These days, Café Touba is part of the daily routine. Mobile carts of hot, fresh Café Touba are a common sight, and many young people take jobs running their own carts. The trade has become an important part of Senegal’s local economy, since the vast majority of people drink Café Touba daily. The drink has a few different pet names, one of them being “keroséne” for its intense smell. It’s also sometimes called Café Ngoon/café de soir, because it’s often taken in the afternoon (ngoon means afternoon in Wolof).
Peppering In Some Café Touba
To make Café Touba, you’ll need Selim Pepper (I’ve been buying mine from Spice Ace in San Francisco), coffee, and water. Like so many coffee beverages, Café Touba is often served with sugar but tastes lovely on its own. There are two ways to prepare the Selim pepper: for the “keroséne” effect, toast the entire pod for a few minutes in a pan or in the oven, and grind it up in a spice grinder. This is by far the easier method, but it imparts a much more powerful taste and aroma to the final beverage. The other option is to painstakingly liberate the grains from their pods, a process that becomes easier if the pods are toasted up first, but which will remain an ordeal regardless. The resulting seeds create a more delicate raisin and ginger note in the coffee, and offer entirely unique experience. Most recipes ask for at least one fourth the amount of Selim as coffee, for example 10g of Selim powder for a 40g coffee dose. Since it’s traditionally made as an infusion, I’ve been brewing Café Touba in a Chemex with excellent results.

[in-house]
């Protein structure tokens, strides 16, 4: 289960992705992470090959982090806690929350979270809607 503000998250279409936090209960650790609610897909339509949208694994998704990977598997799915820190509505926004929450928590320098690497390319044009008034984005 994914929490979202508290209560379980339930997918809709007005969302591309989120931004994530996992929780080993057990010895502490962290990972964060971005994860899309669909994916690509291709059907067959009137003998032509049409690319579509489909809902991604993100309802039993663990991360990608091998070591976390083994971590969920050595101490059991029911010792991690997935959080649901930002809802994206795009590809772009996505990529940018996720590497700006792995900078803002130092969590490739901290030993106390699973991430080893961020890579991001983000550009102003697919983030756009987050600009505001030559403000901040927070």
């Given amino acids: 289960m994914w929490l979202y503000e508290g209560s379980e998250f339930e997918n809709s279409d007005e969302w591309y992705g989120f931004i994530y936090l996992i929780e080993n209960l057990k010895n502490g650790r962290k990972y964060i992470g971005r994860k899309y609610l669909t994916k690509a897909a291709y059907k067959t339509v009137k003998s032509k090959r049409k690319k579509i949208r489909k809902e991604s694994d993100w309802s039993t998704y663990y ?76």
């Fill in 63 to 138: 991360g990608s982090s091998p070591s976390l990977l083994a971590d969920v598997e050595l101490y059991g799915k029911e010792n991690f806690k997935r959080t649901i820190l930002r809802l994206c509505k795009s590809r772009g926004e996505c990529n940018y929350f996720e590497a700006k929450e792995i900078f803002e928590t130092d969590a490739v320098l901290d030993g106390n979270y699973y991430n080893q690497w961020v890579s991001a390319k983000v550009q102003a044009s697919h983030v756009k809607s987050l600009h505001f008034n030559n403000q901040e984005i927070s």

Café Touba offers a story of resistance and of cultural blending entirely unique to Senegal. These traditions are immensely valuable, and the recipes born out of the convergence of multiple cultures are worth acknowledging and learning from. They also happen to be delicious. In the case of Café Touba we have the opportunity to taste a spice from Gabon, a coffee tradition brought to Africa by the French, and a recipe created by a Muslim sect in Senegal all coming together to create a delightful drink.